BEIJING, April 22 -- I wonder if Bill Gates agonized over the dinner prepared at his residence for Chinese President Hu Jintao.
Did the richest man in the world ever consider the option of "going Chinese" and playing host as a typical super-rich Chinese guy would?
By that I mean wining and dining with at least two dozen courses. Since Gates' wealth is many times that of the wealthiest Chinese, maybe he would multiple the number of courses by that rate and make it, say, a nice and nifty 100 or an auspicious 99.
The Microsoft chairman took away the pleasure of the onlookers and the commentators by sticking to proper etiquette of Western society, serving wine and appetizers, main entree of three choices and dessert.
That didn't stop Chinese pundits from making a fuss over it.
An author of one circulating opinion piece mistakenly believes that Gates was using the occasion to teach a lesson to China's wealthy who would squander a king's fortune on something as publicized as that dinner.
But it certainly shows that whatever Gates does, in his haloed position, would be endlessly interpreted and imitated.
Thank God he didn't "customize" the dinner for the Chinese way of hospitality. It would have impressed all the Gates-wannabes in this country who will happily play catch-up and throw more lavish banquets than the ones they are already devouring, or more accurately, frittering away.
But Gates did intend to send one message through the meal, which he did by including Granny Smith apples and Walla Walla onions, local state produce. The feast was designed partly as a sampling of unique products from Seattle and the surrounding Pacific Northwest.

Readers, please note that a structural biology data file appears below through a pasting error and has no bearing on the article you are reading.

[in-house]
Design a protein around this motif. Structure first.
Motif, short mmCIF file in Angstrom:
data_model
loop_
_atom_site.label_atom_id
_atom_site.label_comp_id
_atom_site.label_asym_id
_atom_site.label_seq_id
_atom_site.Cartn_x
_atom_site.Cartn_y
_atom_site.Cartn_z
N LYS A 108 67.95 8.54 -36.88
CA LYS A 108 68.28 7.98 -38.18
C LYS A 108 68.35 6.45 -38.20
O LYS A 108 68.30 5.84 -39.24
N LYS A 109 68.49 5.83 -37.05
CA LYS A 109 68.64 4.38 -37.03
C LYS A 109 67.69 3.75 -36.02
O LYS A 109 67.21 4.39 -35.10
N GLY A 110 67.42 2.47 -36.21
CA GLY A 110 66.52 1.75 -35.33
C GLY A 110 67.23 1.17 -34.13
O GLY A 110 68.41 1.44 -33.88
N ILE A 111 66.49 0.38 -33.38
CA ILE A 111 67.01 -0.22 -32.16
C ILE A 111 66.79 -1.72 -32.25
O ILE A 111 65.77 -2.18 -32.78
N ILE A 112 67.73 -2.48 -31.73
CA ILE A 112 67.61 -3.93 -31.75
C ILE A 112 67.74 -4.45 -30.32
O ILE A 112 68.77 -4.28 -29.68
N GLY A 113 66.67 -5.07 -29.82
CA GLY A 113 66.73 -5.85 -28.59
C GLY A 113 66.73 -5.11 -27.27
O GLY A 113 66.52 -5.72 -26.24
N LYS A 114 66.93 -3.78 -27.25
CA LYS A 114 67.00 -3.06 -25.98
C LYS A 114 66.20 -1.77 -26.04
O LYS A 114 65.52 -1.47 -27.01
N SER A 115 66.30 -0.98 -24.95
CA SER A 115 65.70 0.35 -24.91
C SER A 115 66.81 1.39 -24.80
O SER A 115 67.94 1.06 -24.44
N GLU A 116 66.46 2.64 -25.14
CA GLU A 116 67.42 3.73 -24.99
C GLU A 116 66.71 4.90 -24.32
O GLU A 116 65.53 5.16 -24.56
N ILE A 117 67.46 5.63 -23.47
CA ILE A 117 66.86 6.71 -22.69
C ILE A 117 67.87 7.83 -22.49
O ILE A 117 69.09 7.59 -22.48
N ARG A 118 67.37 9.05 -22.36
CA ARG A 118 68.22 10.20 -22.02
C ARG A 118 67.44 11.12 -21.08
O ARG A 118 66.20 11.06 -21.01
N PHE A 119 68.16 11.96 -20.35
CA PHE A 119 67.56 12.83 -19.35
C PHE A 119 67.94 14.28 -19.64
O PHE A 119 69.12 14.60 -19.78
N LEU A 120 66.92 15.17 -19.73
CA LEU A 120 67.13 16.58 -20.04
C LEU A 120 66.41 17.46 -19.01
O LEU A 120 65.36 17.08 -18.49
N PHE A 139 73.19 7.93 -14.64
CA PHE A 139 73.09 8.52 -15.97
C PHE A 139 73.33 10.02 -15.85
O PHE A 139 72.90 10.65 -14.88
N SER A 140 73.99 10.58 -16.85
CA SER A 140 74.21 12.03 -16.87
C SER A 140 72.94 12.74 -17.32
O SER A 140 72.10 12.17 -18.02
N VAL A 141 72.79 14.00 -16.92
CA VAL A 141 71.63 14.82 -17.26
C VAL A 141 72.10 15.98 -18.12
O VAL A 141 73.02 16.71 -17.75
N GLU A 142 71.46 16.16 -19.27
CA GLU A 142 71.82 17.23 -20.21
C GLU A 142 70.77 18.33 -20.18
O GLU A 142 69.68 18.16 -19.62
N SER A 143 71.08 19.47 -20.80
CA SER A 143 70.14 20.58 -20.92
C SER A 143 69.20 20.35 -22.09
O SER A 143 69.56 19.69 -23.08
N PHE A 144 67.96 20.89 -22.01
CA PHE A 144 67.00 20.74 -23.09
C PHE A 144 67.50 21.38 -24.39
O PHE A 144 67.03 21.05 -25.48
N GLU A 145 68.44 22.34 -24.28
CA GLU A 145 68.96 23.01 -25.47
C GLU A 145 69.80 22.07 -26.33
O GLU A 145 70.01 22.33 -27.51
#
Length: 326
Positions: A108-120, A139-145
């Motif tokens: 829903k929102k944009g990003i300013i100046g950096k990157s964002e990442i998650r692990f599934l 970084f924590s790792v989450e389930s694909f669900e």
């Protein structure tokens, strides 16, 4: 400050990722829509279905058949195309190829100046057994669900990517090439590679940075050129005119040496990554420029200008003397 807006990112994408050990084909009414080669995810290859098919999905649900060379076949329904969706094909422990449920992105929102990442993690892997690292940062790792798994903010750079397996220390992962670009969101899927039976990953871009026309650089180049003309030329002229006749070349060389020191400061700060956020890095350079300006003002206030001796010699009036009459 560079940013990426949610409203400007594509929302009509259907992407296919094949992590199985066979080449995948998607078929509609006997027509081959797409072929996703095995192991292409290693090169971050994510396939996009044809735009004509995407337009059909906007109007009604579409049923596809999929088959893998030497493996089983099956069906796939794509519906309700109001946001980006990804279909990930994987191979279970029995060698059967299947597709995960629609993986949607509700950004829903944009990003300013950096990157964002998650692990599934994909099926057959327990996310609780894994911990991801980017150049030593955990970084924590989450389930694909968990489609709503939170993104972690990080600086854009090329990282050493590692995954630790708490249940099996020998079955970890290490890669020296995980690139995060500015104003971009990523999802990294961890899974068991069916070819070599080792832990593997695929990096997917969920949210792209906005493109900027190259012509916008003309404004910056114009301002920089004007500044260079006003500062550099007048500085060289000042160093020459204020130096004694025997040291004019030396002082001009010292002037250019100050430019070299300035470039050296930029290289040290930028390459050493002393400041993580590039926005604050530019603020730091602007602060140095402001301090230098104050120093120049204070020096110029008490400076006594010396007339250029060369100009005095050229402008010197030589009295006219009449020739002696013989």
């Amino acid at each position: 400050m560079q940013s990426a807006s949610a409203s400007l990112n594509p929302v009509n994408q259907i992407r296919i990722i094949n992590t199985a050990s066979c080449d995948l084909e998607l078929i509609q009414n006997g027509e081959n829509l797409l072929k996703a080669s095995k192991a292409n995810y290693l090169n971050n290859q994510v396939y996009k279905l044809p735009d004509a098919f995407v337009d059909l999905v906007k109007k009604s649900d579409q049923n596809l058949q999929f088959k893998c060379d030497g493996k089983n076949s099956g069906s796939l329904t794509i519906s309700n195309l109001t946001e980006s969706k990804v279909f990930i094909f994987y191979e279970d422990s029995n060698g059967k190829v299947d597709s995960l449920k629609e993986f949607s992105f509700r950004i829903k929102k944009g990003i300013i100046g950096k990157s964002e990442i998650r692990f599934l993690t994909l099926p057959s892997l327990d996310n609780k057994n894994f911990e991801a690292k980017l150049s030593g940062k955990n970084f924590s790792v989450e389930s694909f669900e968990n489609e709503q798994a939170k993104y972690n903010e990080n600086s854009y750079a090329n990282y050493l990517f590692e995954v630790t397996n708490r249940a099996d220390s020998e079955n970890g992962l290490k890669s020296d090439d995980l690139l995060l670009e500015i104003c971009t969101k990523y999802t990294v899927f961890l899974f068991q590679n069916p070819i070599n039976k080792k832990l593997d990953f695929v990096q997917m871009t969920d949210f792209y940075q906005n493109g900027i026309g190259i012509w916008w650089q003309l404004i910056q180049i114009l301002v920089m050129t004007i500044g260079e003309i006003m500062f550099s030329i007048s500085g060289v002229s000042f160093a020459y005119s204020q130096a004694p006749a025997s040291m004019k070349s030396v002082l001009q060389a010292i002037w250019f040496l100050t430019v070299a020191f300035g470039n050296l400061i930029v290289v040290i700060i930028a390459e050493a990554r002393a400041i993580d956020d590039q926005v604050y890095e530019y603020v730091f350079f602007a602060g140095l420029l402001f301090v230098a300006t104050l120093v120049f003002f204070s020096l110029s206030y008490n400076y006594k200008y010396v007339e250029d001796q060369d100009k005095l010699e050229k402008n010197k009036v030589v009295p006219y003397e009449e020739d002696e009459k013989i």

Too bad Microsoft Windows and Boeing 747 aircraft cannot be made into edibles. Or maybe they could. A Chinese chef could have carved miniature models of these made-in-Washington state products out of radish.
But I digress. To us Chinese, eating is not just about filling up the stomach. It is an art that we love to overindulge ourselves with. It may be the only art form that remains legal and yet savoured by people across every social stratum.
The main reason we would overdo all these things is because we live in scarcity or constant fear of it. When one barely has enough to eat, he makes sure that once a year he can eat like there's no tomorrow.
There's a reverse correlation between abundance of food and conspicuous consumption of food. In the 1980s, whenever there was a buffet party, there would be people stuffing their pockets left and right. Fat chance you can find that today.
When I was in graduate school, a meal for a table of 10 at the campus restaurant would cost more than my monthly stipend. Yet I would never look at the table full of leftovers, let alone squirm over them.
Then someone who returned from the United States asked for a plastic bag to take them home. We were aghast, and couldn't believe for a single second that it was a custom he had picked up from his overseas experience. We thought he had just found a lame excuse for being a miser.
You'll probably laugh it off as stupid if I say that banquets in China have grown less sumptuous in the past two decades. But in relation with the quantity and quality of food one consumes on a daily basis, it is definitely true. It is very rare today for a restaurant meal to set the epicure back an entire month's earning.
However, at many official functions, a feast still comprises a dozen or more courses. The first three are always the most delicious. Anything beyond the fifth course is increasingly transformed from gastronomic delight to palate and stomach workout.
And not surprisingly, the higher the poverty level of the place, the higher the number of courses.
Maybe Gates should preinstall a Chinese version of his menu along with Windows.
(Source: China Daily)